2)            If you see that a relatively small number of blocks have far more rows – in the order of double – than the rest of the index, it is possible that you are suffering from an index that is splitting badly and not refilling in the middle. It is possible that a rebuild may pack your index into half the space and not lead to lots of splitting immediately afterwards. (It may be that within hours of the rebuild, every block has split again, in which case the rebuild was probably a mistake).

In any case, you should probably take a little time to think about indexes where the pattern is NOT “mostly the same usage but a few blocks with significantly less usage”. Of course, there are always exceptions – the last bit of advice will miss the extreme case where “most of the index has gone bad, but bits of it are a disaster”, but I’ll tell you how to spot that case in another article.

Update April 2009:

For a practical example of using this code, there is a case-study on my blog; and there’s a friendlier version of the code, on my blog here.

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rem

rem     Script:        index_efficiency.sql

rem     Author:        Jonathan Lewis

rem     Dated:         Sept 2003

rem     Purpose:       Example of how to check leaf block packing
rem

rem     Notes
rem     Last tested 9.2.0.4
rem
rem     Example of analyzing index entries per leaf block.

rem     The code examines index T1_I1 on table T1.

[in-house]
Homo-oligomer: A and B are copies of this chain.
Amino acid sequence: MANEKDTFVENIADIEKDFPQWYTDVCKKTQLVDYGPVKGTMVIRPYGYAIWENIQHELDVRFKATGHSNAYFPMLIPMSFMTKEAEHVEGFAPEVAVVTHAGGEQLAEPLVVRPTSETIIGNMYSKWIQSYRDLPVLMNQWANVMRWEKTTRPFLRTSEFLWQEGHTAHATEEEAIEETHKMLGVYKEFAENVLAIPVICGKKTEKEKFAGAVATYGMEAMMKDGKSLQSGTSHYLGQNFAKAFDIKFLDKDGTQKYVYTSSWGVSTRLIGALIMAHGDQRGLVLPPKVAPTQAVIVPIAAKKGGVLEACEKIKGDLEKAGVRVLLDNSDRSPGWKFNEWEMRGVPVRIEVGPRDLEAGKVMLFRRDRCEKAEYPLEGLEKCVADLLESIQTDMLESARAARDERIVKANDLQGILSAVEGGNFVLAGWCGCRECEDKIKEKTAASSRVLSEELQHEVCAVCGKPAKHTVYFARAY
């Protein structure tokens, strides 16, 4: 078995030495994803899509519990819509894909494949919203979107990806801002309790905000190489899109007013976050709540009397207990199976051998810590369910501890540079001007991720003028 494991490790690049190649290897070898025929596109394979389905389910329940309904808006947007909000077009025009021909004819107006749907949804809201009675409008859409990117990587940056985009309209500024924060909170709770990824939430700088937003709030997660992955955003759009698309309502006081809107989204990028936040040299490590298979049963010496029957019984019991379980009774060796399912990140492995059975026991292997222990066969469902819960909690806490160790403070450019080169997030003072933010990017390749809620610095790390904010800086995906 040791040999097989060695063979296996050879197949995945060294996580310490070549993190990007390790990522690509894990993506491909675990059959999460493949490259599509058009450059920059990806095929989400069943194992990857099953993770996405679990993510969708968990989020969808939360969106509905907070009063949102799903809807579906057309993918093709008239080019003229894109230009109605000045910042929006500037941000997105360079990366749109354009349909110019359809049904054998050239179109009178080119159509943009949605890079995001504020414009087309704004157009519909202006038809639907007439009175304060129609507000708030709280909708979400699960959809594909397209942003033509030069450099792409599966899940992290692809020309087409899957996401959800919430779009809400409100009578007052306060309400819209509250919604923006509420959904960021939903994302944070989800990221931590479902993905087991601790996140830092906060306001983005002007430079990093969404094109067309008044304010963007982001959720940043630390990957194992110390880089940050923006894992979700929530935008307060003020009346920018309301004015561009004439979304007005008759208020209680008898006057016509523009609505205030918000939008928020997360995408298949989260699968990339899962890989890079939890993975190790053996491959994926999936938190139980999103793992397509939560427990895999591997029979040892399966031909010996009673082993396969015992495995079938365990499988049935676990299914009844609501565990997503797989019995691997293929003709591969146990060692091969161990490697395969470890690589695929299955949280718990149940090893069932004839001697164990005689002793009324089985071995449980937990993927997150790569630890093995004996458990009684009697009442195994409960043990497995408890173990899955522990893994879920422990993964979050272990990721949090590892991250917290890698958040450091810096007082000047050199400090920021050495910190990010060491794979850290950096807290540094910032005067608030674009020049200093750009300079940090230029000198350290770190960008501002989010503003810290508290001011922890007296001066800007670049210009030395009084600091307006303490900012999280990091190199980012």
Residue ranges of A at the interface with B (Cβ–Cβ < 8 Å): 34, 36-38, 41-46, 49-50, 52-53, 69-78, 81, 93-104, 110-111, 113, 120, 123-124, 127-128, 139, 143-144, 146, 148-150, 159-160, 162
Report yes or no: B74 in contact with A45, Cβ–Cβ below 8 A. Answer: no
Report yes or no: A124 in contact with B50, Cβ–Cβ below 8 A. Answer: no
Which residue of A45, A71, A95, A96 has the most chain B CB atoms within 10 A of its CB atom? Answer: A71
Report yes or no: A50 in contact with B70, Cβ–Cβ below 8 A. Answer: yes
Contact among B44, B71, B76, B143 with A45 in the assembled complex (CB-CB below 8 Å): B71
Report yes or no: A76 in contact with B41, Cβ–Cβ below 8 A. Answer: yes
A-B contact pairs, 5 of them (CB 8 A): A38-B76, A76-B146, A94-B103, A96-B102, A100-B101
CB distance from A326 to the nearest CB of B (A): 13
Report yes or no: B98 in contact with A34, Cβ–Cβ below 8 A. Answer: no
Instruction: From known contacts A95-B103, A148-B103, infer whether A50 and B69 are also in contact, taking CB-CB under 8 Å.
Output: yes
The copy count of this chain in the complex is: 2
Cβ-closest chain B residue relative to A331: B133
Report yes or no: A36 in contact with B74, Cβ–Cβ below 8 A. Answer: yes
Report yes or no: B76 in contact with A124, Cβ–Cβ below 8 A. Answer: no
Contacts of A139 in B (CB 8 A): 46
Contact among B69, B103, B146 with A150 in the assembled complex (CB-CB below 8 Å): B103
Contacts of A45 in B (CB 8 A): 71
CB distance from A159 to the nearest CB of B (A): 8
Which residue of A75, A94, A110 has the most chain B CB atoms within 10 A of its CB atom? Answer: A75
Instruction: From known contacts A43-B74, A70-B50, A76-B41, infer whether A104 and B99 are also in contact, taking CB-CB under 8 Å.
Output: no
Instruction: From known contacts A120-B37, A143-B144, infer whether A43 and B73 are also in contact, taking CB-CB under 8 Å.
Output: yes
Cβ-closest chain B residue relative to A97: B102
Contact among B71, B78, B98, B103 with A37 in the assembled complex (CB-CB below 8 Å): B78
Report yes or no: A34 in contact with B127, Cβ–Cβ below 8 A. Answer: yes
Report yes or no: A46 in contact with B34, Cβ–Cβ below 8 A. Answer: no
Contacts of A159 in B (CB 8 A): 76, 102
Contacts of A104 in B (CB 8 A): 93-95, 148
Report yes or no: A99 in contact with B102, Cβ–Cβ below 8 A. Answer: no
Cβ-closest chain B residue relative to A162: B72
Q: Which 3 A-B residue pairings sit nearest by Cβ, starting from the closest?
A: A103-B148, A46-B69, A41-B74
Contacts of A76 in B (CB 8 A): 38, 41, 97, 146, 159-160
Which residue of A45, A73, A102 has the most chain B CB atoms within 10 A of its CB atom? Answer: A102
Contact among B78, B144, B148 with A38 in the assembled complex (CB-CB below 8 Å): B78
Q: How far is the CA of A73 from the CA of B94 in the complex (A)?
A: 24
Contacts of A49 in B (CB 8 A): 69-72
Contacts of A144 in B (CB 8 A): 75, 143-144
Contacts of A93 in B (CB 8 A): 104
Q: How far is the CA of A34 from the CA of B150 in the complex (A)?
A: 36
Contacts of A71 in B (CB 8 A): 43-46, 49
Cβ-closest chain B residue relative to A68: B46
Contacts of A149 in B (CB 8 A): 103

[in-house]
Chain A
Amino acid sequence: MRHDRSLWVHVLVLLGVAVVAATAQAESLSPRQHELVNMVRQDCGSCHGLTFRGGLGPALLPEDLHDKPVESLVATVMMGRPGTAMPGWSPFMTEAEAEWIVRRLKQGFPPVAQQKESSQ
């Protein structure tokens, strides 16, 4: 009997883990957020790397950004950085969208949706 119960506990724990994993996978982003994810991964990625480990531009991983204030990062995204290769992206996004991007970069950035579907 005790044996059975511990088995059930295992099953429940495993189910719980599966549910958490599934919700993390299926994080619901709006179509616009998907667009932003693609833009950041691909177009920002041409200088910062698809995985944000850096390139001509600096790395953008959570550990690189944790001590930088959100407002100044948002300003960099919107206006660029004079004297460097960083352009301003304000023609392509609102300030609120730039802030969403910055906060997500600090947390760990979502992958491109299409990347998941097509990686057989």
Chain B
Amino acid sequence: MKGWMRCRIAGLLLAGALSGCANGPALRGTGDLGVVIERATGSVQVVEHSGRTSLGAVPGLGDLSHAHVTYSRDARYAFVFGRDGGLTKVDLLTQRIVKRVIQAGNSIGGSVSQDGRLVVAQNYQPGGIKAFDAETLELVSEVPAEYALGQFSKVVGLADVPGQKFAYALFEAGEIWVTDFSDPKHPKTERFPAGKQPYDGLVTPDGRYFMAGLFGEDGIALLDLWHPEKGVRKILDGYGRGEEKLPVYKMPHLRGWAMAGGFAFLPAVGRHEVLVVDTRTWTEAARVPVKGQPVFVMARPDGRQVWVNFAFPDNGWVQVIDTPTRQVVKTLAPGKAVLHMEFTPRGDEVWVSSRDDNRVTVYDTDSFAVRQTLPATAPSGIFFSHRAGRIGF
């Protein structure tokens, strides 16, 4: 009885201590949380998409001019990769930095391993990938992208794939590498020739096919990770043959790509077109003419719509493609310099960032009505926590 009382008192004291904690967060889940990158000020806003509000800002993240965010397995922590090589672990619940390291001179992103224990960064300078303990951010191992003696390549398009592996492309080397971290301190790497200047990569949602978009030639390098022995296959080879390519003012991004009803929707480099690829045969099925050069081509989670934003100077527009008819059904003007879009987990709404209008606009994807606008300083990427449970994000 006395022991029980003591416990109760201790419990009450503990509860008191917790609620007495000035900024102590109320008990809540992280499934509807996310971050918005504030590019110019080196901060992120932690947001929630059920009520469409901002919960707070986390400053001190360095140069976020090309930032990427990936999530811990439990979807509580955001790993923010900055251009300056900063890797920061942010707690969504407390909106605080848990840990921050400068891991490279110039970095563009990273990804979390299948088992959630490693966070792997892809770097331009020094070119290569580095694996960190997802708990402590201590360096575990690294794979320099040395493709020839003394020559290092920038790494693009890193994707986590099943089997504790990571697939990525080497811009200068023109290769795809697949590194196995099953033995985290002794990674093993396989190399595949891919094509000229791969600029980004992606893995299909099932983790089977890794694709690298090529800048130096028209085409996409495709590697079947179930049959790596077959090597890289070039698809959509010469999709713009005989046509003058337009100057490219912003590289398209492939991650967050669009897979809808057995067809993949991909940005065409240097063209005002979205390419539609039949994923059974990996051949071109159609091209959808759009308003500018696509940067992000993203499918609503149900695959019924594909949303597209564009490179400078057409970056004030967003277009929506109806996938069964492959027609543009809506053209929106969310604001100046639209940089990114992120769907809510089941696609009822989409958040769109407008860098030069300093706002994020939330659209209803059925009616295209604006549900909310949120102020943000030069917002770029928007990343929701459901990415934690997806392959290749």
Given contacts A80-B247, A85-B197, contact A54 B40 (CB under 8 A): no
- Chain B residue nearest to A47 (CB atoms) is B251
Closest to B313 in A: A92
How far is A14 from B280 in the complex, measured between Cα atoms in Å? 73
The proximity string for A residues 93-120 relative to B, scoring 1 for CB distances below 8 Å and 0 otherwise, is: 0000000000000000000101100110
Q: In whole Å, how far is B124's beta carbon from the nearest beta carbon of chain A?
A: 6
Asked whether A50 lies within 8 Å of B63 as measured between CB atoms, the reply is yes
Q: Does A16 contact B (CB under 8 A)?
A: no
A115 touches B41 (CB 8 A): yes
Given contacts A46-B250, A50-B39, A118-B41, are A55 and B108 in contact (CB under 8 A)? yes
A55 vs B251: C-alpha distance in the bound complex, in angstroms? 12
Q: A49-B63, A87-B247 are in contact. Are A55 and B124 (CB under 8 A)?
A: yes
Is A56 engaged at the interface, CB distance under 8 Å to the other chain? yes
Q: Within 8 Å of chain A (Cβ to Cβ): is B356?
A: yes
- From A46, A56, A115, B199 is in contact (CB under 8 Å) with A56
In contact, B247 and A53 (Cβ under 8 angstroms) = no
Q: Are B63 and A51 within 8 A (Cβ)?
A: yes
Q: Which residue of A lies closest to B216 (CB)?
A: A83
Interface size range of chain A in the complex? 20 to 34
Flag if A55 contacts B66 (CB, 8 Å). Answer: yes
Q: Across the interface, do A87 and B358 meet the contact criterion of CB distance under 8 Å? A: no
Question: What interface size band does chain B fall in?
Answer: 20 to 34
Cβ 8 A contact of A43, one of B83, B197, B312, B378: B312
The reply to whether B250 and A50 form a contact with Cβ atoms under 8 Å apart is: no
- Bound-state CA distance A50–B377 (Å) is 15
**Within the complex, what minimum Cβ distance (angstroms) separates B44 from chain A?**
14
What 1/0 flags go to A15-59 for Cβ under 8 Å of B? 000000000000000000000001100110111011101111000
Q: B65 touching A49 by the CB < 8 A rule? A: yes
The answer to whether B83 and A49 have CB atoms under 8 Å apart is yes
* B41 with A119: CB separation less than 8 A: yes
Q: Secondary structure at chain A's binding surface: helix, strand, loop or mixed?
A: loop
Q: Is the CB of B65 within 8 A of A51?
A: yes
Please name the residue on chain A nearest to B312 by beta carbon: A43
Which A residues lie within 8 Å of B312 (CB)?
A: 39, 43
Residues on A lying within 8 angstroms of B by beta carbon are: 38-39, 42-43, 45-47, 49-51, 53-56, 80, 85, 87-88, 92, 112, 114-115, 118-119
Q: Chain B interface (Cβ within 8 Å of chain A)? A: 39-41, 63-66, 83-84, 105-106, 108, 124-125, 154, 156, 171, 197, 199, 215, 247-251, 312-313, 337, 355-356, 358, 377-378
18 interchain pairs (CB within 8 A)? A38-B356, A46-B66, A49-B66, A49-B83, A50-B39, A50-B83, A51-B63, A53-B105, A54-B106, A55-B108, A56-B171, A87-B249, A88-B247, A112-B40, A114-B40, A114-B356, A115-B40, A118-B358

rem
rem     The index is on (v1, small_pad). Both columns appear

rem     the where clause with a not null test to avoid issues

rem     relating to indexes with completely nullable entries.

rem

rem     For a simple b-tree index, the first parameter to the

rem     sys_op_lbid() function has to be the object_id of the

rem     index.

rem

rem     The query will work with a sample clause

rem

rem     Check that the execution path is an index fast full scan

rem


column ind_id new_value m_ind_id

 

select

        object_id ind_id

from

        user_objects

where

        object_name = 'T1_I1'

;

 

break on report skip 1

compute sum of blocks on report

       

select

        rows_per_block,

        count(*) blocks

from (

        select

               /*+

                       cursor_sharing_exact

                       dynamic_sampling(0)

                       no_monitoring

                       no_expand

                       index_ffs(t1,t1_i1)

                       noparallel_index(t,t1_i1)

               */

               sys_op_lbid( &m_ind_id ,'L',t1.rowid) as block_id,

               count(*)                              as rows_per_block

        from

               t1

        --      t1 sample block (100)

        where

               v1 is not null

        or      small_pad is not null

        group by

               sys_op_lbid( &m_ind_id ,'L',t1.rowid)

)

group by rows_per_block

order by rows_per_block

;